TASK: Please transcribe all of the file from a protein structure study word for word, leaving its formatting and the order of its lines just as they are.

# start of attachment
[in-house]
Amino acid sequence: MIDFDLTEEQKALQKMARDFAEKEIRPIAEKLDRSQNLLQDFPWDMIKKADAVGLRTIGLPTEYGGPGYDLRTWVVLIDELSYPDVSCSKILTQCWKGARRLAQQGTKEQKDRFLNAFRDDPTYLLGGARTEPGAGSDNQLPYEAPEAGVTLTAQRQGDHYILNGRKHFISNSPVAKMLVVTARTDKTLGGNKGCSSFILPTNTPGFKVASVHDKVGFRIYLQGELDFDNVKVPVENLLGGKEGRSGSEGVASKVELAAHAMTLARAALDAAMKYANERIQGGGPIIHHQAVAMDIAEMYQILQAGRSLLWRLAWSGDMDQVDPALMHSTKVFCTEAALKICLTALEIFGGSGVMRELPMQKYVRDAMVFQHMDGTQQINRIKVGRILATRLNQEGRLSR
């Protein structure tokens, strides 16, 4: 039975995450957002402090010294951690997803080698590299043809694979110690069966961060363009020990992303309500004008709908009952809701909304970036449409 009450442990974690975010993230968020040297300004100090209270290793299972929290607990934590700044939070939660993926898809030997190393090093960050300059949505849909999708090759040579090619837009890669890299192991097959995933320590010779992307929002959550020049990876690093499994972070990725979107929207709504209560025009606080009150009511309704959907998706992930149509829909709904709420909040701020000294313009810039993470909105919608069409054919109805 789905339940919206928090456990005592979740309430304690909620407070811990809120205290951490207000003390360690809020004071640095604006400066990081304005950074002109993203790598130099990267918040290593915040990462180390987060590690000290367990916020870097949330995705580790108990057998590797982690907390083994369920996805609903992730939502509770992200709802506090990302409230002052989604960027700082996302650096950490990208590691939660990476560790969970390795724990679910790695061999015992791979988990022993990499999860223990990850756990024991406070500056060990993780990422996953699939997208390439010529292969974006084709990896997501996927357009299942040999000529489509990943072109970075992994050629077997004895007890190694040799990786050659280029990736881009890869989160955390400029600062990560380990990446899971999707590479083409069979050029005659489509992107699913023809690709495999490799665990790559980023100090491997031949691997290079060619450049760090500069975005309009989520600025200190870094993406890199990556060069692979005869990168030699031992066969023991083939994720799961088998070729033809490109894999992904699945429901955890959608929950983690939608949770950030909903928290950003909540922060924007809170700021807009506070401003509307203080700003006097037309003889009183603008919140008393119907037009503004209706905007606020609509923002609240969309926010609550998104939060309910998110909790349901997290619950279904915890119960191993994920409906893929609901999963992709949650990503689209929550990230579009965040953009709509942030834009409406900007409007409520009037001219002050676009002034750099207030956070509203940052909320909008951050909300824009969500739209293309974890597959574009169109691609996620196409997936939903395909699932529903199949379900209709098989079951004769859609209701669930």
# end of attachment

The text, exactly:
[in-house]
Amino acid sequence: MIDFDLTEEQKALQKMARDFAEKEIRPIAEKLDRSQNLLQDFPWDMIKKADAVGLRTIGLPTEYGGPGYDLRTWVVLIDELSYPDVSCSKILTQCWKGARRLAQQGTKEQKDRFLNAFRDDPTYLLGGARTEPGAGSDNQLPYEAPEAGVTLTAQRQGDHYILNGRKHFISNSPVAKMLVVTARTDKTLGGNKGCSSFILPTNTPGFKVASVHDKVGFRIYLQGELDFDNVKVPVENLLGGKEGRSGSEGVASKVELAAHAMTLARAALDAAMKYANERIQGGGPIIHHQAVAMDIAEMYQILQAGRSLLWRLAWSGDMDQVDPALMHSTKVFCTEAALKICLTALEIFGGSGVMRELPMQKYVRDAMVFQHMDGTQQINRIKVGRILATRLNQEGRLSR
């Protein structure tokens, strides 16, 4: 039975995450957002402090010294951690997803080698590299043809694979110690069966961060363009020990992303309500004008709908009952809701909304970036449409 009450442990974690975010993230968020040297300004100090209270290793299972929290607990934590700044939070939660993926898809030997190393090093960050300059949505849909999708090759040579090619837009890669890299192991097959995933320590010779992307929002959550020049990876690093499994972070990725979107929207709504209560025009606080009150009511309704959907998706992930149509829909709904709420909040701020000294313009810039993470909105919608069409054919109805 789905339940919206928090456990005592979740309430304690909620407070811990809120205290951490207000003390360690809020004071640095604006400066990081304005950074002109993203790598130099990267918040290593915040990462180390987060590690000290367990916020870097949330995705580790108990057998590797982690907390083994369920996805609903992730939502509770992200709802506090990302409230002052989604960027700082996302650096950490990208590691939660990476560790969970390795724990679910790695061999015992791979988990022993990499999860223990990850756990024991406070500056060990993780990422996953699939997208390439010529292969974006084709990896997501996927357009299942040999000529489509990943072109970075992994050629077997004895007890190694040799990786050659280029990736881009890869989160955390400029600062990560380990990446899971999707590479083409069979050029005659489509992107699913023809690709495999490799665990790559980023100090491997031949691997290079060619450049760090500069975005309009989520600025200190870094993406890199990556060069692979005869990168030699031992066969023991083939994720799961088998070729033809490109894999992904699945429901955890959608929950983690939608949770950030909903928290950003909540922060924007809170700021807009506070401003509307203080700003006097037309003889009183603008919140008393119907037009503004209706905007606020609509923002609240969309926010609550998104939060309910998110909790349901997290619950279904915890119960191993994920409906893929609901999963992709949650990503689209929550990230579009965040953009709509942030834009409406900007409007409520009037001219002050676009002034750099207030956070509203940052909320909008951050909300824009969500739209293309974890597959574009169109691609996620196409997936939903395909699932529903199949379900209709098989079951004769859609209701669930």